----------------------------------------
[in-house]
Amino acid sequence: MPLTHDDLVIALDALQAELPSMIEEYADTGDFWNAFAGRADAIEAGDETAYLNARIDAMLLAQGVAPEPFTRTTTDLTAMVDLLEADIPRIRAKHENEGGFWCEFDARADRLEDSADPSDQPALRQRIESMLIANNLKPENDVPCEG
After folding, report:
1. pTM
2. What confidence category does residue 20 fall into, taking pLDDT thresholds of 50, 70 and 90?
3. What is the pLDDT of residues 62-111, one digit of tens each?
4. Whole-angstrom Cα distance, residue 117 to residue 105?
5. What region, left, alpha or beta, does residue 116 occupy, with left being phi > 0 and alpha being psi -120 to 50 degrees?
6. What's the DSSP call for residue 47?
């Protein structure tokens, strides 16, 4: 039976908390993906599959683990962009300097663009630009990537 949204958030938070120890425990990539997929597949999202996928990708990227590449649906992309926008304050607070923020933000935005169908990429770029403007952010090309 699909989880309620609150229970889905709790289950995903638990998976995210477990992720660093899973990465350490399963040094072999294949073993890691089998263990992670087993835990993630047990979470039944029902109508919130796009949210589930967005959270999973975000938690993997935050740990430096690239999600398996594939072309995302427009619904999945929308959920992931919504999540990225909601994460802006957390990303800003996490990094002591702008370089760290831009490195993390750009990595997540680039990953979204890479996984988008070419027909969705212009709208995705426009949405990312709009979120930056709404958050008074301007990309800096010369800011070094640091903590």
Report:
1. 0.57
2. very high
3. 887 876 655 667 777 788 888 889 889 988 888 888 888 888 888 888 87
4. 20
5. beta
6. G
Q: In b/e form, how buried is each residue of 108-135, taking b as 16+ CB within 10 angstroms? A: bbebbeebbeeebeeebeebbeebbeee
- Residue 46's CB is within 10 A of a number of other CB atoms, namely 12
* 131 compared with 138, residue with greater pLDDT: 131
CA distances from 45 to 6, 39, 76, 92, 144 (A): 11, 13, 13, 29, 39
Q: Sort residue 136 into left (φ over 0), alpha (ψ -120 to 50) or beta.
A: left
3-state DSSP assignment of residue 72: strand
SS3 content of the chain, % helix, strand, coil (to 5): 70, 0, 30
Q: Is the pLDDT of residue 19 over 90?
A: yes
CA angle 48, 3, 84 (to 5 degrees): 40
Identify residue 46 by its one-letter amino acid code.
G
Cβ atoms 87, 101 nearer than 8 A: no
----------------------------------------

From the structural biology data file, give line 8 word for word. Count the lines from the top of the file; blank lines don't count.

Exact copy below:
5. What region, left, alpha or beta, does residue 116 occupy, with left being phi > 0 and alpha being psi -120 to 50 degrees?